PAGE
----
The Septuagenarian Speaks – published November 8, 2018, Siskiyou Daily News

“ ‘Curiouser and curiouser!’ cried Alice (she was so much surprised, that for the moment she forgot how to speak good English.)”

I think I know how Lewis Carroll’s fictional character Alice felt back in 1865.  I’m trying to look at the current proposals to decommission and remove four dams along the Klamath River through Alice’s eyes.  This is what Alice would see, if she were here today:

Around 1922 the California Oregon Power Company (now PacificCorp) built a couple of dams along the Klamath River, the Copco Number 1 and Copco number 2 dams.  The reasons?  Well, primarily to generate electric power in a manner that doesn’t burn fossil fuels or pollute the atmosphere.  And, by the way, the dams facilitated flood control and created some great recreational facilities.

Those two dams worked pretty well, so in 1958 they built the J. C. Boyle Dam, and then again in 1964 they built the Iron Gate Dam.  Gosh, they work pretty well too.  Entire communities have been established around the reservoirs created by the dams.  People have invested their life savings into buying property and building lake-front homes.

As with everything, there are problems, including hindrance to the passage of salmon and proliferation of toxic bacteria (although reasonable scientific minds differ on the causes of these problems).  These are solvable problems, if people would actually put their minds to finding solutions.

But in an effort to avoid finding solutions, agreements were entered into among “stakeholders” who, significantly, did not include the majority of people actually living in the Oregon and California counties in which the dams are located.  The agreements were: “The dams must go!”  It reminds me of: “If it does not fit, you must acquit!”  Do you remember that?  Lewis Carroll’s Alice would not have known about that, back in 1865.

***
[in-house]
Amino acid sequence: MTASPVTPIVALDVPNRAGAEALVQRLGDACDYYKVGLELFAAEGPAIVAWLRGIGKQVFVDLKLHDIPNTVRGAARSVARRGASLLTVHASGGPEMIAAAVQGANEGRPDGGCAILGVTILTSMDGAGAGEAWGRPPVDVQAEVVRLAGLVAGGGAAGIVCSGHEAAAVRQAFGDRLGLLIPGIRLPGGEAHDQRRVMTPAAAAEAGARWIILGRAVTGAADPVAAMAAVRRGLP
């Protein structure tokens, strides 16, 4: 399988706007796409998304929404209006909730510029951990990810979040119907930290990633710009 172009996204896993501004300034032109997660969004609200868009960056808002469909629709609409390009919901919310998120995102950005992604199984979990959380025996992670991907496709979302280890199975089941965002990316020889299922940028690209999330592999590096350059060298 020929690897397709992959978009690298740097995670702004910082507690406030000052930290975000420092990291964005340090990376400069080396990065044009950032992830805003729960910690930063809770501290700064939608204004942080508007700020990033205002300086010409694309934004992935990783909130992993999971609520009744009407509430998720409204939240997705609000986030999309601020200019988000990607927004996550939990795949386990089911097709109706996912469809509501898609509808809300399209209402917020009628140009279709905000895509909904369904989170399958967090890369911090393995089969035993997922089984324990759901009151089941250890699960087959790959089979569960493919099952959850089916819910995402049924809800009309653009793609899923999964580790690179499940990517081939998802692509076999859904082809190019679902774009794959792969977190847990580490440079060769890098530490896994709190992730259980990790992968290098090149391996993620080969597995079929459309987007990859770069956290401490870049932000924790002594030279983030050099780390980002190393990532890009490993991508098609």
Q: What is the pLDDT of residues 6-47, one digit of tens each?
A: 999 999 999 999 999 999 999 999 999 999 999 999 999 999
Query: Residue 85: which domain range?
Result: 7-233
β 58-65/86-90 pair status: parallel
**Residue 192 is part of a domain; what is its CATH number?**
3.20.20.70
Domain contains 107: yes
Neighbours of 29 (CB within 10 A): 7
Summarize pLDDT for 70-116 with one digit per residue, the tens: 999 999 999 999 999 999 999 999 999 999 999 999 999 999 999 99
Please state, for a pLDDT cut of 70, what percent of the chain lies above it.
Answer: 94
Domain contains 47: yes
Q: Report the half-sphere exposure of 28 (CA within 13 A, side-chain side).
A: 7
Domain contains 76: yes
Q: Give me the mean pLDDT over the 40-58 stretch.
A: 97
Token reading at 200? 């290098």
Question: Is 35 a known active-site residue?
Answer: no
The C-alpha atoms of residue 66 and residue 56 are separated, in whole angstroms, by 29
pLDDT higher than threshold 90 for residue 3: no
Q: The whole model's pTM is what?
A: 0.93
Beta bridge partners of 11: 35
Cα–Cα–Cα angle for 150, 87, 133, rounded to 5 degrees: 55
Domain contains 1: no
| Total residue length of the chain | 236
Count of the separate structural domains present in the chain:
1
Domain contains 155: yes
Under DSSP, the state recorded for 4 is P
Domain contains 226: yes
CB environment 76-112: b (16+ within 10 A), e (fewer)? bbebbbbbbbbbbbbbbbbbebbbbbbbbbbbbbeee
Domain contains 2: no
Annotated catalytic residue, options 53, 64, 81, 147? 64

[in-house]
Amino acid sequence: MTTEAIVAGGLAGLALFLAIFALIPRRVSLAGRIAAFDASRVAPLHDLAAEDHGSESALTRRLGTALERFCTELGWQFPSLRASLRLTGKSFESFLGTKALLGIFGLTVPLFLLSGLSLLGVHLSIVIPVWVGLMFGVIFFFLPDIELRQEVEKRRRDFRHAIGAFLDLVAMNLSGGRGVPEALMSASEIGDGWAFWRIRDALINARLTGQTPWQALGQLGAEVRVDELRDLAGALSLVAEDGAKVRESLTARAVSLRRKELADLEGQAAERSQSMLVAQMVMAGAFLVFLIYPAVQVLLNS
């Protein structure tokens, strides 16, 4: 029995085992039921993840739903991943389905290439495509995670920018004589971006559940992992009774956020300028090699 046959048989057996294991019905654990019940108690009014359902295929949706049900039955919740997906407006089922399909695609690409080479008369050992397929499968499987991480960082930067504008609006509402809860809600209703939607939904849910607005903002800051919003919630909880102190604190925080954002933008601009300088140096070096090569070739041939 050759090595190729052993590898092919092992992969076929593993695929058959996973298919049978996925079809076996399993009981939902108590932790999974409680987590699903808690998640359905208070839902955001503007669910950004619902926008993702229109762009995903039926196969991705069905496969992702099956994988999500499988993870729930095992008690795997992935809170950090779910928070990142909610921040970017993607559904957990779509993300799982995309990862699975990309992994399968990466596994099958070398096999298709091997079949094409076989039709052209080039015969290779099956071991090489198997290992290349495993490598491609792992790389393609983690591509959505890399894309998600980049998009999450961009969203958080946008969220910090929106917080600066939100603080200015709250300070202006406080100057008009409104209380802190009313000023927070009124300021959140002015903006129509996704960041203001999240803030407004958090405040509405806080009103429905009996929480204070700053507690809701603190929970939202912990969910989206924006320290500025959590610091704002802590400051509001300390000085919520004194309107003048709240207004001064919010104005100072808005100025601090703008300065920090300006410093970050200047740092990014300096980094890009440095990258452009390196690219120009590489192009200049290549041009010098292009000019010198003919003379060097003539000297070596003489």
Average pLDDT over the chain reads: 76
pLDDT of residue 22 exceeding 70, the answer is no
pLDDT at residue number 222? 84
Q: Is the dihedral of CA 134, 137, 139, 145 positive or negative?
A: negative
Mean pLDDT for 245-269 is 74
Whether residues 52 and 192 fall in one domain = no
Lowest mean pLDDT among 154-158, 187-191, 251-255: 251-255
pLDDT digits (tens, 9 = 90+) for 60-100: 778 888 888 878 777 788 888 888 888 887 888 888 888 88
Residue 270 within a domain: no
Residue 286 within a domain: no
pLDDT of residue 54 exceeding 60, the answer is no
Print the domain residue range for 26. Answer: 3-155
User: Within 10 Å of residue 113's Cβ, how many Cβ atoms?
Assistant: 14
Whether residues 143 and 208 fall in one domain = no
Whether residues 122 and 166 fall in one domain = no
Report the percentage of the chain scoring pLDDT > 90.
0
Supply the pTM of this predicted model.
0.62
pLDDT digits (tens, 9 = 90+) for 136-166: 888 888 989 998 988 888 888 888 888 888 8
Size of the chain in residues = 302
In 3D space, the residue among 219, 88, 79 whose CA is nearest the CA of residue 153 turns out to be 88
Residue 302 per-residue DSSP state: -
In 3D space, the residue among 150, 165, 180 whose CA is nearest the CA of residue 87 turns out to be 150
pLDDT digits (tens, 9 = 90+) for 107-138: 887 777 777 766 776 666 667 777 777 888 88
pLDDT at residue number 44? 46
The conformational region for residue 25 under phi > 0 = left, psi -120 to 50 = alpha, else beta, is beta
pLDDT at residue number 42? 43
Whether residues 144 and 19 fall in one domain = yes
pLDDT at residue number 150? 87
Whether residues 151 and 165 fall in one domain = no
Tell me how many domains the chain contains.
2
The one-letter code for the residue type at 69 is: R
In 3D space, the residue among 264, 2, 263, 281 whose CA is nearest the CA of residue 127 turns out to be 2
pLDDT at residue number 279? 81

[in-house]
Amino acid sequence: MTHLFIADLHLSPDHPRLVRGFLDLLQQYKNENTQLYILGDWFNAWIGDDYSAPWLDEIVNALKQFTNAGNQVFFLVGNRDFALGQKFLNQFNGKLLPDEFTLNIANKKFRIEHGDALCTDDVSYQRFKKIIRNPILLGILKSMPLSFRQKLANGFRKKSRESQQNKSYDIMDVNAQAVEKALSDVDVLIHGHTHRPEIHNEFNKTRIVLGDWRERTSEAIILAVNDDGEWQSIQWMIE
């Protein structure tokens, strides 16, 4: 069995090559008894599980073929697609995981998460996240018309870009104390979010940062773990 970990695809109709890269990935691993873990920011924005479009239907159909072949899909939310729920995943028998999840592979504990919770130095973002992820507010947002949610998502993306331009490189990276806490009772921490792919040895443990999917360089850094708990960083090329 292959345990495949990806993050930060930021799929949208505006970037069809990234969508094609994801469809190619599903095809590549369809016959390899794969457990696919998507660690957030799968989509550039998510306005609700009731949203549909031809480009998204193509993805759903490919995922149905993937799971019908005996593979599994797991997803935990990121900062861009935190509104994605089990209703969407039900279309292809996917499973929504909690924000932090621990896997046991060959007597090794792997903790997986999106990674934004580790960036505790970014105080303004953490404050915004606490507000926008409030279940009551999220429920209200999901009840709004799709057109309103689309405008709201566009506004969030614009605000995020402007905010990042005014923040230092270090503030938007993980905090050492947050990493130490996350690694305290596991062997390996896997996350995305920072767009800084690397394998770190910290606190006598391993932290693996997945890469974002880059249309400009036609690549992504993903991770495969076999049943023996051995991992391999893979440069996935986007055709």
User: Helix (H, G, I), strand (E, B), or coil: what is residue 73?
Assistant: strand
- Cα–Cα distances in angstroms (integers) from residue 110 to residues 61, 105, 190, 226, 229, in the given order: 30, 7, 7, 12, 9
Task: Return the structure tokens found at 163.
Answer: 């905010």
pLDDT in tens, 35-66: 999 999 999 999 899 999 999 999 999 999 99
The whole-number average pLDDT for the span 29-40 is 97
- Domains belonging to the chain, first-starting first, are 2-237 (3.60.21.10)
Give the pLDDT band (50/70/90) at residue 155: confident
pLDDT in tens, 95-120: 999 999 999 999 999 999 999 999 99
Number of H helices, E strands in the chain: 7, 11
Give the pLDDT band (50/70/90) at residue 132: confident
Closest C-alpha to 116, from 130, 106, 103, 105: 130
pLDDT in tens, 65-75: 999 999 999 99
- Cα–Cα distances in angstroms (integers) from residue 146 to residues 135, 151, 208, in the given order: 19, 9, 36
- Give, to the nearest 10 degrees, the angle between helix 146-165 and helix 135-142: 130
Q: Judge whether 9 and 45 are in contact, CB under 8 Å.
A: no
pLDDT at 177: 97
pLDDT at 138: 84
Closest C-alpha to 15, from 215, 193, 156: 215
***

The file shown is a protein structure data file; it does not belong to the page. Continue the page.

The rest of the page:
So, if the foregoing isn’t bizarre enough, here is where it really goes over the top.  The “stakeholders” took it to the Department of Interior, whose bureaucrats chanted, “Yes!  The dams must go!”  But then it went to the United States Congress, who said, “No.”

But it ain’t over till its over.  The “stakeholders” found FERC.  The Federal Energy Regulation Commission, an agency comprised of unelected bureaucrats, who now apparently hold the power to demolish four dams and completely devastate the property values of citizens who invested their life savings to build and live there.  If FERC has this awesome power, why didn’t the “stakeholders” go there first?

Back to Alice: “When I used to read fairy tales, I fancied that kind of thing never happened, and now here I am in the middle of one!”

Bob Kaster

Yreka, CA

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